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Jobusch, Michelle, 2022. Motion asymmetry in Swedish riding school horses : association to management factors. Second cycle, A2E. Uppsala: SLU, Dept. of Anatomy, Physiology and Biochemistry (until 231231)



Orthopedic disorders and injuries have a huge impact on horses, globally as well as in Sweden, and
is a common reason for euthanasia in equine veterinary practice. Lameness is the most common sign
of orthopedic pain and does not only come with welfare issues but also huge economic consequences. Riding school horses represent an important part of the Swedish horse industry, and 10 700
horses were active in Swedish riding schools in 2019. Previous studies found differences in
orthopedic health status between riding schools, which were suggested to be associated with the
riding schools’ management and individual horse factors. The purpose of this master´s thesis is to
further describe motion asymmetry (by objective evaluation), management factors, and horse factors
in Swedish riding school horses.
Four of the 14 contacted riding schools participated in the current study, with a total of 76 horses.
Management and horse factors were investigated by questionnaires answered by the riding school
managers. Motion symmetry was objectively measured with the markerless smartphone app Sleip
AI, which uses artificial neural networks to identify vertical motion asymmetry. The horses were
recorded trotting in-hand in a straight line on packed dirt 30 meters two times back and forth
(approximately 120 meters in total). Each horse was measured on two or three different occasions,
with 7-8 days in between. Lameness metrics; HDmin, HDmax, PDmin, and PDmax were extracted
from each horse’s asymmetry measurement. A representation of the horse’s total amount of motion
asymmetry was calculated by adding these four values together from each measurement occasion
and then a mean value from all measurement occasions was calculated. The mean total asymmetry
was used in descriptive statistics and for hypothesis testing. A horse was defined as having a relevant
total motion asymmetry when the value was >0.75. This was based on clinical experience.
Hypothesis testing was performed by grouping horses based on age, gender, number or hours of
riding lessons per week, months since the acquisition, previous lameness, summer rest, and type of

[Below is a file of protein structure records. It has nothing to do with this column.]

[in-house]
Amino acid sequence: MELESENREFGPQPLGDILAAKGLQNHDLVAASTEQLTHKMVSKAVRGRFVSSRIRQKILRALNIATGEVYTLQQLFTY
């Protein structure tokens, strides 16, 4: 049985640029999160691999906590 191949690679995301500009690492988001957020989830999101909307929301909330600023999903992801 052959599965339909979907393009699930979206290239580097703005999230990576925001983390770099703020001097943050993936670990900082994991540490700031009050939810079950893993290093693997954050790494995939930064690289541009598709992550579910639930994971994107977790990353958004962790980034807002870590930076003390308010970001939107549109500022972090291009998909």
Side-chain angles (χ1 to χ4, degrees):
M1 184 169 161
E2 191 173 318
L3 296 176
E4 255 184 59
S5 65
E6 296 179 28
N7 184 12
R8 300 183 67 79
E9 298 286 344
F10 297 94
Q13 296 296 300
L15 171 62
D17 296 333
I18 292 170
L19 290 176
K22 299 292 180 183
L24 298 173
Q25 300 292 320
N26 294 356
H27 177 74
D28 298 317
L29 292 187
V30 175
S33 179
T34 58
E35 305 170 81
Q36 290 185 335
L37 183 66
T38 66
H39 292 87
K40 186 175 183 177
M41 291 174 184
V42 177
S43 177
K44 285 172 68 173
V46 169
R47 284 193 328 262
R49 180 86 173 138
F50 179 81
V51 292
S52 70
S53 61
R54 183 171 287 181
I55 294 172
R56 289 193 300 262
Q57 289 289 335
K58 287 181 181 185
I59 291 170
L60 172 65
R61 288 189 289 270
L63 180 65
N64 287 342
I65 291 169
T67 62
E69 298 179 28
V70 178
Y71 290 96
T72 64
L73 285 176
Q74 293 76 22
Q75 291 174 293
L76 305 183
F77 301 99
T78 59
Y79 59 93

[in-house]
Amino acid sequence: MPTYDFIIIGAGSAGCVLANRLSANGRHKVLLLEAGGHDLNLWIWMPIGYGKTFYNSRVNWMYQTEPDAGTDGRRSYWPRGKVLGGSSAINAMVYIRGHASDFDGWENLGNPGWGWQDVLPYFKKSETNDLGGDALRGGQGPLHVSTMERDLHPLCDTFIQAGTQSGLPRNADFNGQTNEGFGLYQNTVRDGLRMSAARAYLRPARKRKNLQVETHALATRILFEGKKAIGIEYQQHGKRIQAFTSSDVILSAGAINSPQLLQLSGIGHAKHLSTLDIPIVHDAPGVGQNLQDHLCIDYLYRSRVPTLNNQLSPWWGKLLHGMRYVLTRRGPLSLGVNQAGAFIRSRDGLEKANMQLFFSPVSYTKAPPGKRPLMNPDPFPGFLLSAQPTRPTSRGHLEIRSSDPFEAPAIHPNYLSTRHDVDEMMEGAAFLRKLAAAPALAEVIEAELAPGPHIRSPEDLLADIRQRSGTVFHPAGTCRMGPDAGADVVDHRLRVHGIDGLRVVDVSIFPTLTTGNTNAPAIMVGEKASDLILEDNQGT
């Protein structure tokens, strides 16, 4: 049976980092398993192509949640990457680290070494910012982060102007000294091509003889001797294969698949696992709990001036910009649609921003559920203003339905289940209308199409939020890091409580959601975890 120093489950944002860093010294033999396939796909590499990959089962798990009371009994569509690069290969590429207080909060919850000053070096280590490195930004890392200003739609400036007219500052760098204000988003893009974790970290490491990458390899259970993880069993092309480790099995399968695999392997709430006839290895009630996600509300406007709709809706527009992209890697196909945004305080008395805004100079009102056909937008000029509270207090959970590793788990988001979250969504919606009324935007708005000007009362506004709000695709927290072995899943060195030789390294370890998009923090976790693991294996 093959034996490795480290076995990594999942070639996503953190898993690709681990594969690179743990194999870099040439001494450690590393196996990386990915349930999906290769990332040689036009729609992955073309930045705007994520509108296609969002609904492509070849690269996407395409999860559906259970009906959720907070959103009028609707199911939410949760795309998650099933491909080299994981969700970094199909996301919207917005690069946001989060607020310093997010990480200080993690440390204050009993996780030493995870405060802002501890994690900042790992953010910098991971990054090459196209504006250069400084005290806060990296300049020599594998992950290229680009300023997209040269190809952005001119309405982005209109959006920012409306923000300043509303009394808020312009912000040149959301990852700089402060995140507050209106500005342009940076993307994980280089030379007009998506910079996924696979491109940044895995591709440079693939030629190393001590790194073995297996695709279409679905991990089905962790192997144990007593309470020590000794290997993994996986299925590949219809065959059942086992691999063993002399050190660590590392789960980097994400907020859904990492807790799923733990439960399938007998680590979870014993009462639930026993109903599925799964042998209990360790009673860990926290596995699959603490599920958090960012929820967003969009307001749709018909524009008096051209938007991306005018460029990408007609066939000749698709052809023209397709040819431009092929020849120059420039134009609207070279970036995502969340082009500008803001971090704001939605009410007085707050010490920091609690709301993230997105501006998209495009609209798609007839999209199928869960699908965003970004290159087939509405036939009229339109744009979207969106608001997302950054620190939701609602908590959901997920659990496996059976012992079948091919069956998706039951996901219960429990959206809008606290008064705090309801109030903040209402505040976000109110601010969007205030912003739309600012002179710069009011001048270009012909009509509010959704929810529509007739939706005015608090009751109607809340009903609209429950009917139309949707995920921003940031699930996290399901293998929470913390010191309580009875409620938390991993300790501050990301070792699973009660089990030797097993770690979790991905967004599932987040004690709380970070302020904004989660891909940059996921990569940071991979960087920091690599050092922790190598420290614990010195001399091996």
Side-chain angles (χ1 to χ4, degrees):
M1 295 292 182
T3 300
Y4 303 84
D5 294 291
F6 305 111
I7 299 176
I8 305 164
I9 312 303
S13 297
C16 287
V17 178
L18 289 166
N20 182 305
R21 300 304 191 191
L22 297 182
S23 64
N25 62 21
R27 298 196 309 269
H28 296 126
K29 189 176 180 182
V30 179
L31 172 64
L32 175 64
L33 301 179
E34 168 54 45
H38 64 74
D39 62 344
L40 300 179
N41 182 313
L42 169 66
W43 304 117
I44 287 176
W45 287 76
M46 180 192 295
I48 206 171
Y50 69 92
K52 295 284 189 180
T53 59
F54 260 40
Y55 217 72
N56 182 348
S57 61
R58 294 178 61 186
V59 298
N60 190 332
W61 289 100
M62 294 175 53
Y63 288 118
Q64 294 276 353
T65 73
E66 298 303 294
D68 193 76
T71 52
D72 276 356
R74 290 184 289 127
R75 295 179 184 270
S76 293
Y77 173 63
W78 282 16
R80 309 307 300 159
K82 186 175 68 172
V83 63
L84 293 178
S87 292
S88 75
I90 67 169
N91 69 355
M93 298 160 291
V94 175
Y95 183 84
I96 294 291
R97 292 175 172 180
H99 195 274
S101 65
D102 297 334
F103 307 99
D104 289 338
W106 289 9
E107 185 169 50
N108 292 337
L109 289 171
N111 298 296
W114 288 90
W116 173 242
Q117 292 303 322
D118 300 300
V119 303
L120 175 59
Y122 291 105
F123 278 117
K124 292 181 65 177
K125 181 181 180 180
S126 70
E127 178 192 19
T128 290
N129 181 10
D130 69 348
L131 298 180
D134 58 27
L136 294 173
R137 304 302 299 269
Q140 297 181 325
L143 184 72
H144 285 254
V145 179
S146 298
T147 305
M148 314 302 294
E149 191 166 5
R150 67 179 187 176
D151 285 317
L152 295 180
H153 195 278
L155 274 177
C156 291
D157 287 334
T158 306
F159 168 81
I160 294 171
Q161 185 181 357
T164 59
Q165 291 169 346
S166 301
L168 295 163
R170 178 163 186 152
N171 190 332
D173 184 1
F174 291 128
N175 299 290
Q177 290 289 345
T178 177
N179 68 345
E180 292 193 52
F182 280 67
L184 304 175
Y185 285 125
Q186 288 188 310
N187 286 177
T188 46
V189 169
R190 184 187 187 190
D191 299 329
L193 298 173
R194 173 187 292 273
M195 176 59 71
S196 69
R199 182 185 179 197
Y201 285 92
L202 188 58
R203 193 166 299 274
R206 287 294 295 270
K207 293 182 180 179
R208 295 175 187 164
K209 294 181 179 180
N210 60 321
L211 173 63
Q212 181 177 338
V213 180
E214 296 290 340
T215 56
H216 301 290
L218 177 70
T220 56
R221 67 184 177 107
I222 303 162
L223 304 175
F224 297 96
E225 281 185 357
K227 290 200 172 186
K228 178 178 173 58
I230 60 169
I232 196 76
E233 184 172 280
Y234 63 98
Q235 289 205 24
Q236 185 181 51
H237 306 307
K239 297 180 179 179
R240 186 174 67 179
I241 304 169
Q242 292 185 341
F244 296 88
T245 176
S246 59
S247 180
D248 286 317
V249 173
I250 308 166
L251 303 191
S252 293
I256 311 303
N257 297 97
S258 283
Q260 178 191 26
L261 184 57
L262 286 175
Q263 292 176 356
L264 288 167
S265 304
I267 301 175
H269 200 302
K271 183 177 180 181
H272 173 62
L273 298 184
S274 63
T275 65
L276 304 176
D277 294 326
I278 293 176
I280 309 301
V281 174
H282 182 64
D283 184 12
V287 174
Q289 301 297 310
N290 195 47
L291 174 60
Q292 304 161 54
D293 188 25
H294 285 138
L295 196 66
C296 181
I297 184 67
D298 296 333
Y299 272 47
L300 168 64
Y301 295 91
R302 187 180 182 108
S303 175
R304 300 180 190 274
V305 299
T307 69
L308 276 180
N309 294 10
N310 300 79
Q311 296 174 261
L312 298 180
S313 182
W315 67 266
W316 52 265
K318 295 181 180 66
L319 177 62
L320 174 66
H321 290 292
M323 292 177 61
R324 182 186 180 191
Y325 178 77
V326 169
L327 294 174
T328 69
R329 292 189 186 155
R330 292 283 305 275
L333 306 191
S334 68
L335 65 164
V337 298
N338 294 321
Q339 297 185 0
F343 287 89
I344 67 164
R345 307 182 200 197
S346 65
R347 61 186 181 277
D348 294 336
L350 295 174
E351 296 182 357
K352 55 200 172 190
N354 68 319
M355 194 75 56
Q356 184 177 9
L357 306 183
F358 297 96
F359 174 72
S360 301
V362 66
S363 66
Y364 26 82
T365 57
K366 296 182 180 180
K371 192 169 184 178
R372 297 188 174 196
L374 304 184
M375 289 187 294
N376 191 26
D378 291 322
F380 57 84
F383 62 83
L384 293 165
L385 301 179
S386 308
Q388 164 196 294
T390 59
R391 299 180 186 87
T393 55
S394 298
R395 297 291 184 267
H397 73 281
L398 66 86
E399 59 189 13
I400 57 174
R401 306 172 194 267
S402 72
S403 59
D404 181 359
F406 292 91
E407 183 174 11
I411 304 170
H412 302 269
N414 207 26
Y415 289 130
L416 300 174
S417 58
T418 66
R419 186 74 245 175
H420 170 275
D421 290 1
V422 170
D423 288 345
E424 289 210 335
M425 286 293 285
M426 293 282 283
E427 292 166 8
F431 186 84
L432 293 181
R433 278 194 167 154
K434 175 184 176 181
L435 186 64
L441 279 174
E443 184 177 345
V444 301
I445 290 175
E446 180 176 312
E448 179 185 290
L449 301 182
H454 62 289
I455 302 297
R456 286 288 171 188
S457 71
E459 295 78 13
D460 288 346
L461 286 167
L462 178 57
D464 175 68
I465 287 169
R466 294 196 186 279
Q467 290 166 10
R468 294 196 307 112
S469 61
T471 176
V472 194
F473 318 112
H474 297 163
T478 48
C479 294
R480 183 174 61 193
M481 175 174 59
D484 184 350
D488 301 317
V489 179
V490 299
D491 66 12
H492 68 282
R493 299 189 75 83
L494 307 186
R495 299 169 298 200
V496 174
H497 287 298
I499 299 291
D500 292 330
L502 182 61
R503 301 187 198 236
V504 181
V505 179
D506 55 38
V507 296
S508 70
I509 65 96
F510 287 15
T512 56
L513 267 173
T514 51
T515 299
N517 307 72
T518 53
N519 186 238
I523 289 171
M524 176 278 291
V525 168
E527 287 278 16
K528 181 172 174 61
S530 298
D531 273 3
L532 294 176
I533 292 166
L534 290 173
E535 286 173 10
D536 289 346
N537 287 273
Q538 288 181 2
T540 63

activity, and by using a double-sided heteroscedastic t-test to investigate differences in total motion
asymmetry between groups. The level of significance was set to p< 0.05.
Results showed that in the four riding schools the total motion asymmetry ranged from 0.30 to 2.20,
and 50 of the 76 horses (66%) were considered to have relevant (>0.75) motion asymmetry. A
significant difference in total motion asymmetry was found between horses in groups based on the
amount of summer rest in one riding school (p=0.004), the number of riding lessons per week
(p=0.017 and p=0.034), and previous lameness (p=0.02) for all riding schools together. No
significant difference in total motion asymmetry was seen between horses in groups which were
based on hours of riding school lessons, type of activity, age, gender, breed, and time since
acquisition. But through descriptive statistics, (non-significant) differences in total motion
asymmetry within the studied horse sample were seen between subgroups based on the type of
activity, age, and time since acquisition. Further, variance in the lameness metrics HDmin, HDmax,
PDmin, and PDmax was observed (but not further investigated) between measurement occasions.
Some horses were observed to repeatedly show asymmetry from the same limb, while in others the
origin of the asymmetry differed between the measurement occasions.
The results from this study indicate that differences in riding school horses’ motion asymmetry can
be associated with management and horse factors. The results support that specific attention should
be given to the amount of summer rest, the number of riding lessons per week, and previous lameness, but likely other management- and horse factors can be of importance too. This agrees with
previous literature concerning riding school horses’ orthopedic health status in Sweden. With that
being said, additional studies are needed in this field to draw robust conclusions. Further studies
should include larger study material and follow the horses' motion symmetry over a longer period
of time. Also, more management and horse factors that possibly can affect the horses' motion
symmetry should be included.

Main title:Motion asymmetry in Swedish riding school horses
Subtitle:association to management factors
Authors:Jobusch, Michelle
Supervisor:Hernlund, Elin
Examiner:Rhodin, Marie
Volume/Sequential designation:UNSPECIFIED
Year of Publication:2022
Level and depth descriptor:Second cycle, A2E
Student's programme affiliation:VY002 Veterinary Medicine Programme 330 HEC
Supervising department:(VH) > Dept. of Anatomy, Physiology and Biochemistry (until 231231)
Keywords:orthopaedic Health, lameness, movement symmetry, riding school horses, mobile phone application, management factors, horse factors
Permanent URL:
Subject. Use of subject categories until 2023-04-30.:Animal husbandry
Deposited On:22 Feb 2022 09:31
Metadata Last Modified:01 Mar 2022 12:32

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